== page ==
Urban-dwelling dogs need room to run. That’s why midtown Sacramento residents, politicians and organizations are encouraging the city to build the grid’s first dog park, repurposing an empty lot and former industrial site at 19th and Q streets.
Supporters are enthusiastic, saying the park is a much-needed addition to an up-and-coming neighborhood. But the project faces several logistical and financial hurdles.
The site was contaminated by industrial waste, and the city received a grant to rehabilitate it, planning a plaza-style park for the cleaned-up site, similar to nearby Fremont Park. But, acknowledging that existing dog parks are in the suburbs, inconvenient for city dwellers, nearby residents had another idea: Why not use the small, oddly shaped space at 19th and Q for a dog park instead?
They approached City Councilman Steve Hansen, who represents the neighborhood, and he reached out to local midtown-based architecture firm Quadriga Landscape Architecture and Planning. Donating their work, architects there designed a preliminary model. It includes dog play zones, a pavilion for human socializing and lots of shade.
Sign Up and Save
Get six months of free digital access to The Sacramento Bee
Plenty remains to be done, according to Gary Hyden, a supervising landscape architect for the city. Residents and officials will collaborate on a final design, and the city’s master parks plan must be amended. Planners will estimate cost and funding must be secured, then builders can begin construction.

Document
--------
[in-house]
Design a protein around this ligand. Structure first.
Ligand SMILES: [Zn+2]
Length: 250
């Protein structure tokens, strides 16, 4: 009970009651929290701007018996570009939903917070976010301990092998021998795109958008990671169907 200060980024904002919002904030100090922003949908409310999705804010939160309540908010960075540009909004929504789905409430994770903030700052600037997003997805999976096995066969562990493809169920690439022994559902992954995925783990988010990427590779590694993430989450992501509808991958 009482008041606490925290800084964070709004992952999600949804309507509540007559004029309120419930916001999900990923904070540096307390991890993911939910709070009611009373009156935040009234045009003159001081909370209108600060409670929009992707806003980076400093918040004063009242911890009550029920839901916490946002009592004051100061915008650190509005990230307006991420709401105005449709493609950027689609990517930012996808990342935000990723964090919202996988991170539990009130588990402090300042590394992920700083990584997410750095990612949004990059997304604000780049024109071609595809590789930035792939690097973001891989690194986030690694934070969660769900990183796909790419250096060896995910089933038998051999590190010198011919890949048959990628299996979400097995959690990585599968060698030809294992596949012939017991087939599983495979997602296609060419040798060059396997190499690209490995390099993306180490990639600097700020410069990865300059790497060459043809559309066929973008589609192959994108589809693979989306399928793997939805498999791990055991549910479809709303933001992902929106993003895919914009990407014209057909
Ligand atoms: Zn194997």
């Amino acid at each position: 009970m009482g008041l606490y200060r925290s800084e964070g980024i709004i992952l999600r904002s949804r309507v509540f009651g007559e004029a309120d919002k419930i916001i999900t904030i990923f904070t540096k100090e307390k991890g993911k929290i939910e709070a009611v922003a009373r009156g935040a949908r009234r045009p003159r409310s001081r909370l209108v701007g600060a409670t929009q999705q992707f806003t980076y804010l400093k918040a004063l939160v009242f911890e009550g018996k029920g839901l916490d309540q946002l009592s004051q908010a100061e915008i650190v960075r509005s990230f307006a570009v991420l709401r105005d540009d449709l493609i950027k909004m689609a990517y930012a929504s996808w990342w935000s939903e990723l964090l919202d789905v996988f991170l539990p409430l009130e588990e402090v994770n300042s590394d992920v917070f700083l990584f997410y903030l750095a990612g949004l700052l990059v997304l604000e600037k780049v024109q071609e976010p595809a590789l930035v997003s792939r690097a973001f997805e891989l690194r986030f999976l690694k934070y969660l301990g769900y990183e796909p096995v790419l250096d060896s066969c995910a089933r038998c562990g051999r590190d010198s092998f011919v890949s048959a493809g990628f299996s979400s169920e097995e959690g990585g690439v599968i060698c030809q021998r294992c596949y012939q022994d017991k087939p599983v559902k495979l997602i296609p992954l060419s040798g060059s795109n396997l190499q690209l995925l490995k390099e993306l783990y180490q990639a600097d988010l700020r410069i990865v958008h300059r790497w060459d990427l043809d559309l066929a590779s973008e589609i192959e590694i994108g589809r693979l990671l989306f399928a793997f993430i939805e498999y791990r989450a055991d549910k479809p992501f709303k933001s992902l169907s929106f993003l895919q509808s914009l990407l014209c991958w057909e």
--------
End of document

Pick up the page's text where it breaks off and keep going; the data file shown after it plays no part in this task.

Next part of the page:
The project’s biggest hurdle might be financing, but advocates say they will find money for it.
“We’ll see how we fund it,” Hansen said. “Between some of the new projects nearby, or the new 19th and Q project, there’s going to be some funding to be able to do it.”
Supporters say they expect the project to be relatively inexpensive, on par with the original plaza proposal.
Several projects – the Crystal Ice Blocks building’s renovation and new residential units planned by developer Sotiris Kolokotronis, as well as other buildings along the R Street corridor – could help provide needed funding through park-improvement fees required of developers. Other income comes from developers’ Quimby Act contributions, which can take the form of money or land.
The Capital Area Development Authority might also assist financially, said Wendy Saunders, the authority’s executive director. And grant money earmarked for formerly contaminated sites will help get a community garden started later this summer.
The project doesn’t have a firm schedule, but advocates say the time is right: midtown is an increasingly popular residential community, and residents want a social space. And the very same buildings and other projects that are fueling the area’s growth can play a role in funding the dog park.
Hansen said he is eager to start. “It’s a huge amenity for the central city,” he said. “My goal is to get this built ASAP.”